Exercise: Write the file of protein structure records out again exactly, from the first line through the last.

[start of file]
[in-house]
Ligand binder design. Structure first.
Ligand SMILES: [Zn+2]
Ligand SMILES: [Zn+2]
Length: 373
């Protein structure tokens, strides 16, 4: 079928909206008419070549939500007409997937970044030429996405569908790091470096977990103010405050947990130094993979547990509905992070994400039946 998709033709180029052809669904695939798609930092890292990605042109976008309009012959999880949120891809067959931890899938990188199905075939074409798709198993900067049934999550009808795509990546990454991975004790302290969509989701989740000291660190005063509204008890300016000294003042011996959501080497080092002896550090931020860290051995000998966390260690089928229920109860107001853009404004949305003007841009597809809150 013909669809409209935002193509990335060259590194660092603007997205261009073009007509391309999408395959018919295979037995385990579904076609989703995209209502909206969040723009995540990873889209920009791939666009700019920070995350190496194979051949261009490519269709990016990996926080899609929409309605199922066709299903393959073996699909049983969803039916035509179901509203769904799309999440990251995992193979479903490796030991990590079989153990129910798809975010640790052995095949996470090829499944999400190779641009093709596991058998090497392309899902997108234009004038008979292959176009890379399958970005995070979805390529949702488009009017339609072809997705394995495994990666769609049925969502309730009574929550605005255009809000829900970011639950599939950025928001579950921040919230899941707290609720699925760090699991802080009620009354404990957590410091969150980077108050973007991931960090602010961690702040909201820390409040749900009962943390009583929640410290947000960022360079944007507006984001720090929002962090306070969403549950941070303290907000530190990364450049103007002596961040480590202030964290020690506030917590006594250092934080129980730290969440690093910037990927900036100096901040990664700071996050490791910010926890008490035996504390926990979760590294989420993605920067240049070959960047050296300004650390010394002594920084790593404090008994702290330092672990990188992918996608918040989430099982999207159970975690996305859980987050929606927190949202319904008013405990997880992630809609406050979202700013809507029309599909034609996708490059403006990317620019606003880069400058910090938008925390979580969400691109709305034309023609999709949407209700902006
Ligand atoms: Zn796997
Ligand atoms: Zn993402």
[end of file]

[in-house]
Ligand binder design. Structure first.
Ligand SMILES: [Zn+2]
Ligand SMILES: [Zn+2]
Length: 373
């Protein structure tokens, strides 16, 4: 079928909206008419070549939500007409997937970044030429996405569908790091470096977990103010405050947990130094993979547990509905992070994400039946 998709033709180029052809669904695939798609930092890292990605042109976008309009012959999880949120891809067959931890899938990188199905075939074409798709198993900067049934999550009808795509990546990454991975004790302290969509989701989740000291660190005063509204008890300016000294003042011996959501080497080092002896550090931020860290051995000998966390260690089928229920109860107001853009404004949305003007841009597809809150 013909669809409209935002193509990335060259590194660092603007997205261009073009007509391309999408395959018919295979037995385990579904076609989703995209209502909206969040723009995540990873889209920009791939666009700019920070995350190496194979051949261009490519269709990016990996926080899609929409309605199922066709299903393959073996699909049983969803039916035509179901509203769904799309999440990251995992193979479903490796030991990590079989153990129910798809975010640790052995095949996470090829499944999400190779641009093709596991058998090497392309899902997108234009004038008979292959176009890379399958970005995070979805390529949702488009009017339609072809997705394995495994990666769609049925969502309730009574929550605005255009809000829900970011639950599939950025928001579950921040919230899941707290609720699925760090699991802080009620009354404990957590410091969150980077108050973007991931960090602010961690702040909201820390409040749900009962943390009583929640410290947000960022360079944007507006984001720090929002962090306070969403549950941070303290907000530190990364450049103007002596961040480590202030964290020690506030917590006594250092934080129980730290969440690093910037990927900036100096901040990664700071996050490791910010926890008490035996504390926990979760590294989420993605920067240049070959960047050296300004650390010394002594920084790593404090008994702290330092672990990188992918996608918040989430099982999207159970975690996305859980987050929606927190949202319904008013405990997880992630809609406050979202700013809507029309599909034609996708490059403006990317620019606003880069400058910090938008925390979580969400691109709305034309023609999709949407209700902006
Ligand atoms: Zn796997
Ligand atoms: Zn993402």